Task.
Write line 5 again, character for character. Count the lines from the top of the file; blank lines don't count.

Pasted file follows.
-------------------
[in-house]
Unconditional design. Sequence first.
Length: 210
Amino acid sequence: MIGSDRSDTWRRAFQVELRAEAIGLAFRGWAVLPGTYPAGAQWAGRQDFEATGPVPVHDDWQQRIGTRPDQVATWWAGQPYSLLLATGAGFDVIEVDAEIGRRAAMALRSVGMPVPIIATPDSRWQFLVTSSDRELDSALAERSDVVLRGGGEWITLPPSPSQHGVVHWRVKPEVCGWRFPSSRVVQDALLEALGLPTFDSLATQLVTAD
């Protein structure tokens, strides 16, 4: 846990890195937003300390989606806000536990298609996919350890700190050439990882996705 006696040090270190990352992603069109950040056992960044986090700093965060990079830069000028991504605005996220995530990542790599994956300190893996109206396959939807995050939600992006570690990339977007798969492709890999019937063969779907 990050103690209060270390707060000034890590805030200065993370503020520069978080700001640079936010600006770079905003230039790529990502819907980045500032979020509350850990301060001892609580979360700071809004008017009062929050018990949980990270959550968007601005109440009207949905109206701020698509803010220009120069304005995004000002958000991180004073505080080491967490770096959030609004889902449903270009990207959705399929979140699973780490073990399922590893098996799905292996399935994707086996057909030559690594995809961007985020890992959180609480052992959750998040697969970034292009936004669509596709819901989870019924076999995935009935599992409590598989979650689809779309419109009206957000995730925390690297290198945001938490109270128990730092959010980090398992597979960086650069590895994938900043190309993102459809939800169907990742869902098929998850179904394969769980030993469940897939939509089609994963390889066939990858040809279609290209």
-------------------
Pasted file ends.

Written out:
């Protein structure tokens, strides 16, 4: 846990890195937003300390989606806000536990298609996919350890700190050439990882996705 006696040090270190990352992603069109950040056992960044986090700093965060990079830069000028991504605005996220995530990542790599994956300190893996109206396959939807995050939600992006570690990339977007798969492709890999019937063969779907 990050103690209060270390707060000034890590805030200065993370503020520069978080700001640079936010600006770079905003230039790529990502819907980045500032979020509350850990301060001892609580979360700071809004008017009062929050018990949980990270959550968007601005109440009207949905109206701020698509803010220009120069304005995004000002958000991180004073505080080491967490770096959030609004889902449903270009990207959705399929979140699973780490073990399922590893098996799905292996399935994707086996057909030559690594995809961007985020890992959180609480052992959750998040697969970034292009936004669509596709819901989870019924076999995935009935599992409590598989979650689809779309419109009206957000995730925390690297290198945001938490109270128990730092959010980090398992597979960086650069590895994938900043190309993102459809939800169907990742869902098929998850179904394969769980030993469940897939939509089609994963390889066939990858040809279609290209």